Home should be a safe place, a refuge from the world where we can simply be and relish in the memories of what was, what is and what will be. Ensuring people with dementia can continue to live safely at home is a key priority for the Alzheimer Society. A home’s many traces of the past can help preserve a sense of self.
But a home can also be dangerous for older people, especially for those with dementia. The disease affects physical abilities as well as memory, judgment and insight. For example, the disease could make it difficult for him to remember to turn off the stove, avoid tripping over objects or realize the house is too cold.
To help someone with dementia live independently at home for as long as possible, we’ve compiled a list of tips to maximize safety and mobility throughout the house.
- Install door latches on storage cabinets and drawers for breakable or dangerous items such as glass containers, knives and matches. Consider locking away household cleaning products and alcohol.
- Install safety knobs and an automatic shut-off switch on the stove. When not in the kitchen, consider removing stove knobs or turning off the gas or electricity.
- Place items such as erasers, matches and plastics in a secure drawer as a person with Alzheimer’s disease may eat such small items. Consider removing food-shaped magnets for the same reasons.
- Keep a night light in the kitchen and insert safety plugs into the outlets. (Do this for all main rooms in the house)
- Maintain a clean refrigerator. She may not be able to distinguish between rotten and edible food.
- Remove all scatter and throw rugs.
- Be careful when using electric mattress blankets or pads as they can cause burns and fires. Keep the control out of reach.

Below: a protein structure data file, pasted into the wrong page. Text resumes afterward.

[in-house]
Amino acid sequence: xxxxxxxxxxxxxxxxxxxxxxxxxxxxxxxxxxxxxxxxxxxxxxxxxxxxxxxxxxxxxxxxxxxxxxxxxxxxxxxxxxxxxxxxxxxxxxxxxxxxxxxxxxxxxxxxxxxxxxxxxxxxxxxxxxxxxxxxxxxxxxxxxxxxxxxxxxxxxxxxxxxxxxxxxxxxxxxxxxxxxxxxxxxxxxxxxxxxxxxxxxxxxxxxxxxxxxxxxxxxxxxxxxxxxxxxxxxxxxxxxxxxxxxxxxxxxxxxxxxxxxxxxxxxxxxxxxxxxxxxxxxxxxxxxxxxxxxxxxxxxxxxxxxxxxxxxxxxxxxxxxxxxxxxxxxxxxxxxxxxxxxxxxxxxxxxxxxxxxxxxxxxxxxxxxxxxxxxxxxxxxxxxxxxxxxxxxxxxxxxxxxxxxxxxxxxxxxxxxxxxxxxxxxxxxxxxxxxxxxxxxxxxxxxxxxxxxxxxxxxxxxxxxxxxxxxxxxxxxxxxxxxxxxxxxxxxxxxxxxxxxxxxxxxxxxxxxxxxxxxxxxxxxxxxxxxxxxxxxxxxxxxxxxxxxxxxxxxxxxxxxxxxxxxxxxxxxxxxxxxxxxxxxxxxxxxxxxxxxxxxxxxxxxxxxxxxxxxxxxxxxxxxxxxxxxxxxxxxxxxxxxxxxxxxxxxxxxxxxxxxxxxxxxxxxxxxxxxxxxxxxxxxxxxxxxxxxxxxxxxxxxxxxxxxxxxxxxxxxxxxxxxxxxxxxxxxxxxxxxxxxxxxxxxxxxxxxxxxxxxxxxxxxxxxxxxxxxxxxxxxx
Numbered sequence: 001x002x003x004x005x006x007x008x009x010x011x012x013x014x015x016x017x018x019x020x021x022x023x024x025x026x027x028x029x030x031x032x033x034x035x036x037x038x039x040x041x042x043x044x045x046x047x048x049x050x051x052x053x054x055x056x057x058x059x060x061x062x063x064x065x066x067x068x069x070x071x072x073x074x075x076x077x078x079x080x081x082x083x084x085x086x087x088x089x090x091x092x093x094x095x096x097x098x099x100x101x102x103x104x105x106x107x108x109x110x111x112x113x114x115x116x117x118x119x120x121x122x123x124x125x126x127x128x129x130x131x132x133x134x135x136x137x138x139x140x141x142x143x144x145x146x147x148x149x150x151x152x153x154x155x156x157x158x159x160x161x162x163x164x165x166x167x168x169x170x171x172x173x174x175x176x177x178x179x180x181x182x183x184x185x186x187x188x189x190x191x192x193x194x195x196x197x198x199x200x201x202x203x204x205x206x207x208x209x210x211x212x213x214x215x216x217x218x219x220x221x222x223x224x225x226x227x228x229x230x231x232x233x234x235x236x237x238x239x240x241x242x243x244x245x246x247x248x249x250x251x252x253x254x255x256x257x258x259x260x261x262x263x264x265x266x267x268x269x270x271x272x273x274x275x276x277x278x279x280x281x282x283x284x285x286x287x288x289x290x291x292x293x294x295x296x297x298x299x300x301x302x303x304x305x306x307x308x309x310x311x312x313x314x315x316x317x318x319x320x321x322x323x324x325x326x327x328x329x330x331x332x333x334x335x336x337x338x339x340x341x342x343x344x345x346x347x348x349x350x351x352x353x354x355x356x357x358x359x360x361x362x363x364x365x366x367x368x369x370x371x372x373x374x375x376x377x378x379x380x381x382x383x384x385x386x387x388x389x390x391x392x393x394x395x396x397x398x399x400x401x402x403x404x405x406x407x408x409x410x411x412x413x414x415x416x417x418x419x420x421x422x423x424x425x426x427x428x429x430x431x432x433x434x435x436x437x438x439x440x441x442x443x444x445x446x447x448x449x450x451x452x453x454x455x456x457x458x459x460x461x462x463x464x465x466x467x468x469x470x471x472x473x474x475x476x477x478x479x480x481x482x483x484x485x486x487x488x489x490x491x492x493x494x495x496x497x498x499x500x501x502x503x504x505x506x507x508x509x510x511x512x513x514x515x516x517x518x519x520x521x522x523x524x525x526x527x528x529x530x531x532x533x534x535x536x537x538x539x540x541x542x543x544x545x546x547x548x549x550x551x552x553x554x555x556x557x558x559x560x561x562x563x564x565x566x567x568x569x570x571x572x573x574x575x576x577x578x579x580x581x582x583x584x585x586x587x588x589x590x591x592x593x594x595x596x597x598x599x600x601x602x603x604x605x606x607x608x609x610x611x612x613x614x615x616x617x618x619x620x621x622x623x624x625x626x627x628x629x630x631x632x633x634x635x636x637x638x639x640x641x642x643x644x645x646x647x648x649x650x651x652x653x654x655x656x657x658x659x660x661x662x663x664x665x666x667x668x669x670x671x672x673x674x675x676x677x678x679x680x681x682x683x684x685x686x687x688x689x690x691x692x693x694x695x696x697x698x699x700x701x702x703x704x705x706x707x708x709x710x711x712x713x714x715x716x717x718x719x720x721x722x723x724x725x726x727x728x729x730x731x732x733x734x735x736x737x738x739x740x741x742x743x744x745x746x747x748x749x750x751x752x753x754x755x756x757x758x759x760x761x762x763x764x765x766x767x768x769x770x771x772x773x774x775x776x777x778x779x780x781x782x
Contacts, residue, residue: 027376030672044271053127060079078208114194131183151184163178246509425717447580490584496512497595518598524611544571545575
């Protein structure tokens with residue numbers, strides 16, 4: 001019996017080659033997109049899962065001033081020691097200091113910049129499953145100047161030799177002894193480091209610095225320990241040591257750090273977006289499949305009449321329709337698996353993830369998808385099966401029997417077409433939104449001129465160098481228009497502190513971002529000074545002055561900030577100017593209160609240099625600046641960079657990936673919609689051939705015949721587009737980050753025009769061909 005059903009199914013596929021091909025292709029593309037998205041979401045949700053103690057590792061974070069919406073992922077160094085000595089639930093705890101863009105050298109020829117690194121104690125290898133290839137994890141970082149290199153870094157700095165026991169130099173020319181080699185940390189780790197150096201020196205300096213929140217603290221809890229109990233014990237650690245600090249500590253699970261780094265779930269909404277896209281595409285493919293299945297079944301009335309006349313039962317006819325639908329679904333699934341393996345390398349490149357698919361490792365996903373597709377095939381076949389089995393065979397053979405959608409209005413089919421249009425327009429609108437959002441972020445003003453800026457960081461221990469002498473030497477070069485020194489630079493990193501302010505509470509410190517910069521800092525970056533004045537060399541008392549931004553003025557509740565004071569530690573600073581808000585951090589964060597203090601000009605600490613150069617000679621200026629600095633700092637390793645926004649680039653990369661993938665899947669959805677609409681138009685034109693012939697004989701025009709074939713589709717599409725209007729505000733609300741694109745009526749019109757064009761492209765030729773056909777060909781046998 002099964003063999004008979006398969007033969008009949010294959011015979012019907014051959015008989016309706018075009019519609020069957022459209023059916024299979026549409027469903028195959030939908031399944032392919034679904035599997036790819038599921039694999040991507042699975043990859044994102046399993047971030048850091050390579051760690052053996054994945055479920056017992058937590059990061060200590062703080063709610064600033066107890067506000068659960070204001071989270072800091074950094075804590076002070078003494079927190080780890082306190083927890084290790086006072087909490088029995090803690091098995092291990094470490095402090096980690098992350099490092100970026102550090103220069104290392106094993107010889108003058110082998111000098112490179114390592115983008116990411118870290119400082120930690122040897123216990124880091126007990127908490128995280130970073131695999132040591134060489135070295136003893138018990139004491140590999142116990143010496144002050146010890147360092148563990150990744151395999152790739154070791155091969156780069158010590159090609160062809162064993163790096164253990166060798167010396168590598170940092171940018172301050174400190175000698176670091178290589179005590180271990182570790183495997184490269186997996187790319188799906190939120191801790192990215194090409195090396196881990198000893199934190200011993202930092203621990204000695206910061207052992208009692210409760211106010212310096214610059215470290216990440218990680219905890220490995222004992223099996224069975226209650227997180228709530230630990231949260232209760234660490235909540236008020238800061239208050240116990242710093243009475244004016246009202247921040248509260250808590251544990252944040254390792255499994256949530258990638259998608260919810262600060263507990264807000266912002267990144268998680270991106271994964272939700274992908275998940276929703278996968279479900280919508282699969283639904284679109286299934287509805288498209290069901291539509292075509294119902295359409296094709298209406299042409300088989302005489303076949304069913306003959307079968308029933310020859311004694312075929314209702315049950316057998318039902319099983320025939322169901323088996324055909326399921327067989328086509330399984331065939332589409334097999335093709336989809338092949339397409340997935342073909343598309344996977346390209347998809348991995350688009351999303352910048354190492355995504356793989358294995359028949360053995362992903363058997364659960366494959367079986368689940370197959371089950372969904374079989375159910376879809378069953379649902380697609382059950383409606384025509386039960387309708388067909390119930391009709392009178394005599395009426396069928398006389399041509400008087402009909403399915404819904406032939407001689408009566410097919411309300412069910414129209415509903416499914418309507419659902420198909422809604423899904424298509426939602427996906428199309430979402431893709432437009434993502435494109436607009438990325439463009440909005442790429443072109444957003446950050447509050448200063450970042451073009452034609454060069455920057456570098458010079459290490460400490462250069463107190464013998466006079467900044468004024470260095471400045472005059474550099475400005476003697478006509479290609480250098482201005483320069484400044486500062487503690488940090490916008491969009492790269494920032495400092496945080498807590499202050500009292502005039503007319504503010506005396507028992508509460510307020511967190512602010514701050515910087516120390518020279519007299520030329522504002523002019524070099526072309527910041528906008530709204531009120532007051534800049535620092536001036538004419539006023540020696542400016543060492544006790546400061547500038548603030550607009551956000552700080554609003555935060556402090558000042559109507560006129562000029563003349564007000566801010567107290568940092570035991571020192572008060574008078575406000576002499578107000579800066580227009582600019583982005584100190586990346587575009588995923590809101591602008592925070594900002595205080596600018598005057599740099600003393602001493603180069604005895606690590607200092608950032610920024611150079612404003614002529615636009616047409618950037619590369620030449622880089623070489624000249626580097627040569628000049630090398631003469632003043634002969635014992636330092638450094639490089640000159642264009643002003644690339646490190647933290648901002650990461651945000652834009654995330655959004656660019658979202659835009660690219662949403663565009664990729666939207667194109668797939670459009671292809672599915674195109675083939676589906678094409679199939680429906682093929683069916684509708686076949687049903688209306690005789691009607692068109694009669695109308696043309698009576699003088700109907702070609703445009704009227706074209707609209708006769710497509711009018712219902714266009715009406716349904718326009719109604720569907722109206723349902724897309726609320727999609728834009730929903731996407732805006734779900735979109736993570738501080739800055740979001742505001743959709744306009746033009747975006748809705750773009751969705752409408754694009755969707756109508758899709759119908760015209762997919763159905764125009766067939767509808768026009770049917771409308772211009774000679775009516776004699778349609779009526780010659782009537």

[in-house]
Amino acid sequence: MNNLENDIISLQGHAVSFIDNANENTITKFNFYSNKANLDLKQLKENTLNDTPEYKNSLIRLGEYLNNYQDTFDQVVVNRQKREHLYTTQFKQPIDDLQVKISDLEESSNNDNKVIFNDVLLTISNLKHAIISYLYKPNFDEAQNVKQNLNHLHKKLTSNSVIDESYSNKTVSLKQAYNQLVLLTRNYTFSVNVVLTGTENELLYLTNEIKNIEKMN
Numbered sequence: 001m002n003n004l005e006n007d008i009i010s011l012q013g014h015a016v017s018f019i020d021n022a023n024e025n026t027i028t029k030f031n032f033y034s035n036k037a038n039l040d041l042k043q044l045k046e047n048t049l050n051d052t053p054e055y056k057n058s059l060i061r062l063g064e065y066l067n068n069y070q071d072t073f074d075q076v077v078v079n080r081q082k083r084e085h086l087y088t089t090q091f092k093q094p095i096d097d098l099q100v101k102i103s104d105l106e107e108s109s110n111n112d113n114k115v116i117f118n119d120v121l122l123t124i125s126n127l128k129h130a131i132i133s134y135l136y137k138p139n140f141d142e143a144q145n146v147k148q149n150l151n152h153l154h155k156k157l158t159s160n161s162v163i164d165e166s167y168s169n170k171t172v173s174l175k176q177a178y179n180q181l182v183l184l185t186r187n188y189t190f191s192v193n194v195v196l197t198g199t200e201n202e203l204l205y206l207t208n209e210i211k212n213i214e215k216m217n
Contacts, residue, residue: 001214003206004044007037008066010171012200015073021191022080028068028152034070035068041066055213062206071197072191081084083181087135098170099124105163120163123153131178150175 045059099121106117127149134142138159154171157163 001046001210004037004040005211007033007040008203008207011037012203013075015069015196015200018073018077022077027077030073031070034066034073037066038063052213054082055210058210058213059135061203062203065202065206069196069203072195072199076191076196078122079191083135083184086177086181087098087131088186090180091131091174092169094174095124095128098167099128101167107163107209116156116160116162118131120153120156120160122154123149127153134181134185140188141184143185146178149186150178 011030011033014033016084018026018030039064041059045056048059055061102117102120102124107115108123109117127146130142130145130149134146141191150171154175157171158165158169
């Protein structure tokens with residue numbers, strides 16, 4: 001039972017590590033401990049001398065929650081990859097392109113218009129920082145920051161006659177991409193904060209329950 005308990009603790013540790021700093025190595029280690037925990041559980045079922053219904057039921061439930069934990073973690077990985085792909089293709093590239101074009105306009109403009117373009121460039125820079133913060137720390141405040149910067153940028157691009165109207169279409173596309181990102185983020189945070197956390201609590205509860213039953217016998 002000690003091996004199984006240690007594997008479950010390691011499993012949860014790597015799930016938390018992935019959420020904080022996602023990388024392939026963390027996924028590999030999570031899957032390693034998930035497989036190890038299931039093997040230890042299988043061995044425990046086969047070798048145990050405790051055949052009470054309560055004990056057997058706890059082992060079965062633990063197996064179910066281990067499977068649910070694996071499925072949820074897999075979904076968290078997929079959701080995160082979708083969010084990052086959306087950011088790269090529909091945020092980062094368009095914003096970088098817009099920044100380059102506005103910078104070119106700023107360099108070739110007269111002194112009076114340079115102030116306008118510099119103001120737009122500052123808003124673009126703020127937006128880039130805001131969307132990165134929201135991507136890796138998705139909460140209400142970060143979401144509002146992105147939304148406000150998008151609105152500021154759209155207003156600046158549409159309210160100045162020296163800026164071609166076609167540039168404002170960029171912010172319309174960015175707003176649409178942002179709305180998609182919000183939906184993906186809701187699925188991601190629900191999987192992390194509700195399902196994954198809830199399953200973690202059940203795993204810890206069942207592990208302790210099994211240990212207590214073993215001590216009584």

- If he has a tendency to fall out of bed, place mats along the side.
- Use a non-skid mat in the bathtub or shower.
- Install washable, rubber-backed bathroom carpeting to reduce chances of falls.
- Install grab bars by the toilet and tub and a raised toilet seat.
- Use a plasticized seat and a shower hose to allow the person to sit down in the tub.
- Install a contrasting coloured toilet seat to help define the fixture.
- Remove any wastebaskets that may be mistakenly used as a toilet.
- Remove all locks from the doors
- Remove low furniture from walkways to avoid falls. Clear electric cords as well. But be careful not to change too much as familiarity is important for someone with Alzheimer’s disease.
- Keep the remote controls for the television or stereo system out of sight
- Hide all matches and lighters. Also avoid leaving him alone with an open fire in the fireplace.
For more information on living safely at home, visit our website.
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